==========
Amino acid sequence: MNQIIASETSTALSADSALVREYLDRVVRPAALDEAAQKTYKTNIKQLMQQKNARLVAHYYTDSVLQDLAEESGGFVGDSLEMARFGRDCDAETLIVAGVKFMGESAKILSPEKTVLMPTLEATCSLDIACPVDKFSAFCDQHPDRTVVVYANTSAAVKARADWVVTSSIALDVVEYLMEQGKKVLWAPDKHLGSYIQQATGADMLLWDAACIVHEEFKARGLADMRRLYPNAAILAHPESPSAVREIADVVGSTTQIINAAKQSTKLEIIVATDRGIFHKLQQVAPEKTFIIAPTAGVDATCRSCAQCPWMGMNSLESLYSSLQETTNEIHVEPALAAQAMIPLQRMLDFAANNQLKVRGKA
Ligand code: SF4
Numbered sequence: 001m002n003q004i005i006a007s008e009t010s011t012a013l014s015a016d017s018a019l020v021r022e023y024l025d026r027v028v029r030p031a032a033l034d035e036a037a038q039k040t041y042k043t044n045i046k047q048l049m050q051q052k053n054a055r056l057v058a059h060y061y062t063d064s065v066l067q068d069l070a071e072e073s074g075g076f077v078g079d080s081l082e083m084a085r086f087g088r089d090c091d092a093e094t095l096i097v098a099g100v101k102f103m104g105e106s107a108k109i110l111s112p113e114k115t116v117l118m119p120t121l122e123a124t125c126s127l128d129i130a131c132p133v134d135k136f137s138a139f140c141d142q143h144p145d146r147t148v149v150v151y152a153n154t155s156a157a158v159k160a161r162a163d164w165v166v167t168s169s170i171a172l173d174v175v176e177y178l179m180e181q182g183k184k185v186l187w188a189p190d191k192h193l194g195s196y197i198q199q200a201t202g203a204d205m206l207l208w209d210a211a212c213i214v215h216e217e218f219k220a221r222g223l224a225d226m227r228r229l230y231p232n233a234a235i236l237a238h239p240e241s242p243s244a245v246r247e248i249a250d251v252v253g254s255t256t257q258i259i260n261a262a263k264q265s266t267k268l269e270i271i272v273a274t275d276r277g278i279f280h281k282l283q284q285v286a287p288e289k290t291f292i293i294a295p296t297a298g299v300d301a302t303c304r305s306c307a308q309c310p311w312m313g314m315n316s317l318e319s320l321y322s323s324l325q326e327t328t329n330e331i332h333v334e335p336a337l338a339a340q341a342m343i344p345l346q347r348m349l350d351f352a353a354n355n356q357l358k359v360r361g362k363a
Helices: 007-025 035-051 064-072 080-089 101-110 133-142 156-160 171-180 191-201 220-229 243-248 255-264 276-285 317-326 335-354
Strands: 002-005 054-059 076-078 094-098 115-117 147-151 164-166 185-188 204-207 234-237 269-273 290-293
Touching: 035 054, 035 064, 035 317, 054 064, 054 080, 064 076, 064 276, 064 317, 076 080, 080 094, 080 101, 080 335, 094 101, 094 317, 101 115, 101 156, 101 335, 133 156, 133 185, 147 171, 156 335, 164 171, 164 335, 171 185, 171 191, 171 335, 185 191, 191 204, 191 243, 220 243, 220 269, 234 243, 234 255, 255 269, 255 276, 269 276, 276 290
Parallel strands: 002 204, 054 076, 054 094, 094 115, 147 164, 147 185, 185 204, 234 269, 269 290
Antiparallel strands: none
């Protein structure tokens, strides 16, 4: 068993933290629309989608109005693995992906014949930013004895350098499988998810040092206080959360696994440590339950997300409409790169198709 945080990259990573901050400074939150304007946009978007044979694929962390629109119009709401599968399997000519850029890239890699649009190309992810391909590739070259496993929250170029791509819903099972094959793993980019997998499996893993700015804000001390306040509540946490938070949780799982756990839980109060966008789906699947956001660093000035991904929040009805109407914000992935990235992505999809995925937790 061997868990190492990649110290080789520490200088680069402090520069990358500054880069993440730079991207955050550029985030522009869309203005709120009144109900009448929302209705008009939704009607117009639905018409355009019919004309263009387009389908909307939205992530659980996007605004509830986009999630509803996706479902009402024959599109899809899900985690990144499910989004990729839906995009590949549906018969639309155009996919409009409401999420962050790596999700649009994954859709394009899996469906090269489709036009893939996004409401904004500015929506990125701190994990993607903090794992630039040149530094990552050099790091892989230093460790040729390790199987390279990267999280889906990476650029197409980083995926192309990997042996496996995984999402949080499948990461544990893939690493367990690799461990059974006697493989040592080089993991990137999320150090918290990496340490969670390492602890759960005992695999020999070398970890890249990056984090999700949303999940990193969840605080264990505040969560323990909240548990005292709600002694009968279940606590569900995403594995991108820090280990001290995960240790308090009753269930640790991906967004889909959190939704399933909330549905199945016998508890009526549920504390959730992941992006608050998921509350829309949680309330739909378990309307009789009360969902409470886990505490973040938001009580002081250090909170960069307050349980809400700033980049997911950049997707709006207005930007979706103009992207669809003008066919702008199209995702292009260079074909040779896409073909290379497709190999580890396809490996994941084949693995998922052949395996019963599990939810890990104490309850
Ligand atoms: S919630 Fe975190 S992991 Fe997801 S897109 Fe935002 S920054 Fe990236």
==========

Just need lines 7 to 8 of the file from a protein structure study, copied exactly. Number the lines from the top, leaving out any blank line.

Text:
Parallel strands: 002 204, 054 076, 054 094, 094 115, 147 164, 147 185, 185 204, 234 269, 269 290
Antiparallel strands: none